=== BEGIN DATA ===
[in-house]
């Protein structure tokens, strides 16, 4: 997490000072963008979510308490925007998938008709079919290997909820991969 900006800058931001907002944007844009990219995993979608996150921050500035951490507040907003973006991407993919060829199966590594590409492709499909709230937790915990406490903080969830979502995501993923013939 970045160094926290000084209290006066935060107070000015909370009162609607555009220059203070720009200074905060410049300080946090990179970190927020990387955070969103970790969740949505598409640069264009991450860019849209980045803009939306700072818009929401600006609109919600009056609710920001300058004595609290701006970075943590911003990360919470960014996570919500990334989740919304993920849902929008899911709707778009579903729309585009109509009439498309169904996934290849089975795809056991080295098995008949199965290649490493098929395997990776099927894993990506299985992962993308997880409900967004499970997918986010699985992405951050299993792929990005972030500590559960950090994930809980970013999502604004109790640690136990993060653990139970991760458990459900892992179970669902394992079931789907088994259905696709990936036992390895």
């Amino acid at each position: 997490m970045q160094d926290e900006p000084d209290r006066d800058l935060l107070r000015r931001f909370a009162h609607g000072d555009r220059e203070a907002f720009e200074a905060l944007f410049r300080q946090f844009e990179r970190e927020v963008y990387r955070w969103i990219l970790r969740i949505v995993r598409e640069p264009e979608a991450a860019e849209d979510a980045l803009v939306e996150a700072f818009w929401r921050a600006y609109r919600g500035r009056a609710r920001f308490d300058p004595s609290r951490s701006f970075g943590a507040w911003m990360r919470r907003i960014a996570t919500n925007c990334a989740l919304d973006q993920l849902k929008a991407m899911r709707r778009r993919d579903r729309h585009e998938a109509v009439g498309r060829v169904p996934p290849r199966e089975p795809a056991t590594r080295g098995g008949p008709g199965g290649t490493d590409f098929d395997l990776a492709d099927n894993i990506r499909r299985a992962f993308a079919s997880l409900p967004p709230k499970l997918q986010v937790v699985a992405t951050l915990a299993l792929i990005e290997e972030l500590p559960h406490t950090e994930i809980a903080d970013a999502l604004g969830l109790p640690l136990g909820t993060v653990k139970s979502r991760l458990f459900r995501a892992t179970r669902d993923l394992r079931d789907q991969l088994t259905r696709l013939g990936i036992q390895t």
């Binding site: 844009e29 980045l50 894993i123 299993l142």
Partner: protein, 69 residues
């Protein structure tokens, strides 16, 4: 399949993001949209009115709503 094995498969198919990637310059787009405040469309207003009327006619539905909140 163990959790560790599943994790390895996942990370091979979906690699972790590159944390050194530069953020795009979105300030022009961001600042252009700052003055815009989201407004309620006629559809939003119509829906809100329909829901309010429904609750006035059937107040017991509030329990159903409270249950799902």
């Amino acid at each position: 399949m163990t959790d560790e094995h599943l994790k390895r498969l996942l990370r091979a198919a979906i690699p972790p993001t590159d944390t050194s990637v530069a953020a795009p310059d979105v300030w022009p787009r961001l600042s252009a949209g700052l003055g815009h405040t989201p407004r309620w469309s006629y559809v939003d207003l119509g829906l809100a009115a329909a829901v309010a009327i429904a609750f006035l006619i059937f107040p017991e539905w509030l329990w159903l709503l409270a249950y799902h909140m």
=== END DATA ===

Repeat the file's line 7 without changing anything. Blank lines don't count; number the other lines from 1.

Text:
């Amino acid at each position: 399949m163990t959790d560790e094995h599943l994790k390895r498969l996942l990370r091979a198919a979906i690699p972790p993001t590159d944390t050194s990637v530069a953020a795009p310059d979105v300030w022009p787009r961001l600042s252009a949209g700052l003055g815009h405040t989201p407004r309620w469309s006629y559809v939003d207003l119509g829906l809100a009115a329909a829901v309010a009327i429904a609750f006035l006619i059937f107040p017991e539905w509030l329990w159903l709503l409270a249950y799902h909140m």